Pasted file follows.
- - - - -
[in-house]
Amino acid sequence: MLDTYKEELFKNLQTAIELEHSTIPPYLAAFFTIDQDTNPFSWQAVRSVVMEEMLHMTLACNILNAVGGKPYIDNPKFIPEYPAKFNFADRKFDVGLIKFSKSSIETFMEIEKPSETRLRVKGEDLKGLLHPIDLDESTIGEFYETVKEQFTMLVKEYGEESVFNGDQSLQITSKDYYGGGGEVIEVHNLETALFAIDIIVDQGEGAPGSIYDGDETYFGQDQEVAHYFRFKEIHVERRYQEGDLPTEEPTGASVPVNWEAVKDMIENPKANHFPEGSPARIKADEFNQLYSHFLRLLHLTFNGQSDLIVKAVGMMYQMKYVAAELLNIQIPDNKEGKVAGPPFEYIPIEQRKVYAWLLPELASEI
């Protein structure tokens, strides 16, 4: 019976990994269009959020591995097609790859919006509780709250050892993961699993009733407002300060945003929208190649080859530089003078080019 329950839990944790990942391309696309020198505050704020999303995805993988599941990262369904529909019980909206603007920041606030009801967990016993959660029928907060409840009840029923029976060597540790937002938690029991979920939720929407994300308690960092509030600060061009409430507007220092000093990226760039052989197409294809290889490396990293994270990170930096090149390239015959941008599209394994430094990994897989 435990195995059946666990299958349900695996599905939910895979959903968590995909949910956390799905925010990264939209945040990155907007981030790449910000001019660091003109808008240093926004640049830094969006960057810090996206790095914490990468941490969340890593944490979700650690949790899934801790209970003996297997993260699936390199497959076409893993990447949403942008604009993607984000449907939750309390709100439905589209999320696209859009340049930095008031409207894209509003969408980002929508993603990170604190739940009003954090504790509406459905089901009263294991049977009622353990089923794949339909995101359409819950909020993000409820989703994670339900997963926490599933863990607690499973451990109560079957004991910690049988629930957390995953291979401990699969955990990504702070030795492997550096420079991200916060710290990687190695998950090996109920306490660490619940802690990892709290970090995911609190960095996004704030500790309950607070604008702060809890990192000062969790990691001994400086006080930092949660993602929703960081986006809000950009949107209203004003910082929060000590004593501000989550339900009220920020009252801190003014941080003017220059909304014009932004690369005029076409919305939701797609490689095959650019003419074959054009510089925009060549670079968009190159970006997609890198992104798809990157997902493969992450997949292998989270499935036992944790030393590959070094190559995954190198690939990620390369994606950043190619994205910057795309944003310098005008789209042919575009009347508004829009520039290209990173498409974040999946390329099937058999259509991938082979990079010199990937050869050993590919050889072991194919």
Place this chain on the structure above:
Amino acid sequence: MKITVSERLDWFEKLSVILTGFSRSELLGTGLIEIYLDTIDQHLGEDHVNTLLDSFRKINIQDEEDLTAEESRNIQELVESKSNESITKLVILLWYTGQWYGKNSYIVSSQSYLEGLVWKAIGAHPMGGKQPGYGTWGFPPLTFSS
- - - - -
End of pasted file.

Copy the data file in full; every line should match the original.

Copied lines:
[in-house]
Amino acid sequence: MLDTYKEELFKNLQTAIELEHSTIPPYLAAFFTIDQDTNPFSWQAVRSVVMEEMLHMTLACNILNAVGGKPYIDNPKFIPEYPAKFNFADRKFDVGLIKFSKSSIETFMEIEKPSETRLRVKGEDLKGLLHPIDLDESTIGEFYETVKEQFTMLVKEYGEESVFNGDQSLQITSKDYYGGGGEVIEVHNLETALFAIDIIVDQGEGAPGSIYDGDETYFGQDQEVAHYFRFKEIHVERRYQEGDLPTEEPTGASVPVNWEAVKDMIENPKANHFPEGSPARIKADEFNQLYSHFLRLLHLTFNGQSDLIVKAVGMMYQMKYVAAELLNIQIPDNKEGKVAGPPFEYIPIEQRKVYAWLLPELASEI
């Protein structure tokens, strides 16, 4: 019976990994269009959020591995097609790859919006509780709250050892993961699993009733407002300060945003929208190649080859530089003078080019 329950839990944790990942391309696309020198505050704020999303995805993988599941990262369904529909019980909206603007920041606030009801967990016993959660029928907060409840009840029923029976060597540790937002938690029991979920939720929407994300308690960092509030600060061009409430507007220092000093990226760039052989197409294809290889490396990293994270990170930096090149390239015959941008599209394994430094990994897989 435990195995059946666990299958349900695996599905939910895979959903968590995909949910956390799905925010990264939209945040990155907007981030790449910000001019660091003109808008240093926004640049830094969006960057810090996206790095914490990468941490969340890593944490979700650690949790899934801790209970003996297997993260699936390199497959076409893993990447949403942008604009993607984000449907939750309390709100439905589209999320696209859009340049930095008031409207894209509003969408980002929508993603990170604190739940009003954090504790509406459905089901009263294991049977009622353990089923794949339909995101359409819950909020993000409820989703994670339900997963926490599933863990607690499973451990109560079957004991910690049988629930957390995953291979401990699969955990990504702070030795492997550096420079991200916060710290990687190695998950090996109920306490660490619940802690990892709290970090995911609190960095996004704030500790309950607070604008702060809890990192000062969790990691001994400086006080930092949660993602929703960081986006809000950009949107209203004003910082929060000590004593501000989550339900009220920020009252801190003014941080003017220059909304014009932004690369005029076409919305939701797609490689095959650019003419074959054009510089925009060549670079968009190159970006997609890198992104798809990157997902493969992450997949292998989270499935036992944790030393590959070094190559995954190198690939990620390369994606950043190619994205910057795309944003310098005008789209042919575009009347508004829009520039290209990173498409974040999946390329099937058999259509991938082979990079010199990937050869050993590919050889072991194919």
Place this chain on the structure above:
Amino acid sequence: MKITVSERLDWFEKLSVILTGFSRSELLGTGLIEIYLDTIDQHLGEDHVNTLLDSFRKINIQDEEDLTAEESRNIQELVESKSNESITKLVILLWYTGQWYGKNSYIVSSQSYLEGLVWKAIGAHPMGGKQPGYGTWGFPPLTFSS